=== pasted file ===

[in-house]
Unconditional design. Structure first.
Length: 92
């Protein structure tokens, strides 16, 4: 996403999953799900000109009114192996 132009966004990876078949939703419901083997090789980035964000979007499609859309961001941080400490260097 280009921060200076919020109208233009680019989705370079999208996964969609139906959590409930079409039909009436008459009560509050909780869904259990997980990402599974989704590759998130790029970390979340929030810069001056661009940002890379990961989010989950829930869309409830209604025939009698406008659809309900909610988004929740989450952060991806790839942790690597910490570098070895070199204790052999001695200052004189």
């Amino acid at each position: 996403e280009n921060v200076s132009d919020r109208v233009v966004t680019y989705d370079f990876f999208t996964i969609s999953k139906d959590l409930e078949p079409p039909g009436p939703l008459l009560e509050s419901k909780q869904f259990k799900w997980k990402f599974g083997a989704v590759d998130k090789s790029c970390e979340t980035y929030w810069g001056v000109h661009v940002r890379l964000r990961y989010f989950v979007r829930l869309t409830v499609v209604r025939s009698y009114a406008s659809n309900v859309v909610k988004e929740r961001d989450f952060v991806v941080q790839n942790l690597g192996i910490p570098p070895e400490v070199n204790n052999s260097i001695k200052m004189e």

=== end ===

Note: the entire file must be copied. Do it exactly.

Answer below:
[in-house]
Unconditional design. Structure first.
Length: 92
């Protein structure tokens, strides 16, 4: 996403999953799900000109009114192996 132009966004990876078949939703419901083997090789980035964000979007499609859309961001941080400490260097 280009921060200076919020109208233009680019989705370079999208996964969609139906959590409930079409039909009436008459009560509050909780869904259990997980990402599974989704590759998130790029970390979340929030810069001056661009940002890379990961989010989950829930869309409830209604025939009698406008659809309900909610988004929740989450952060991806790839942790690597910490570098070895070199204790052999001695200052004189």
């Amino acid at each position: 996403e280009n921060v200076s132009d919020r109208v233009v966004t680019y989705d370079f990876f999208t996964i969609s999953k139906d959590l409930e078949p079409p039909g009436p939703l008459l009560e509050s419901k909780q869904f259990k799900w997980k990402f599974g083997a989704v590759d998130k090789s790029c970390e979340t980035y929030w810069g001056v000109h661009v940002r890379l964000r990961y989010f989950v979007r829930l869309t409830v499609v209604r025939s009698y009114a406008s659809n309900v859309v909610k988004e929740r961001d989450f952060v991806v941080q790839n942790l690597g192996i910490p570098p070895e400490v070199n204790n052999s260097i001695k200052m004189e």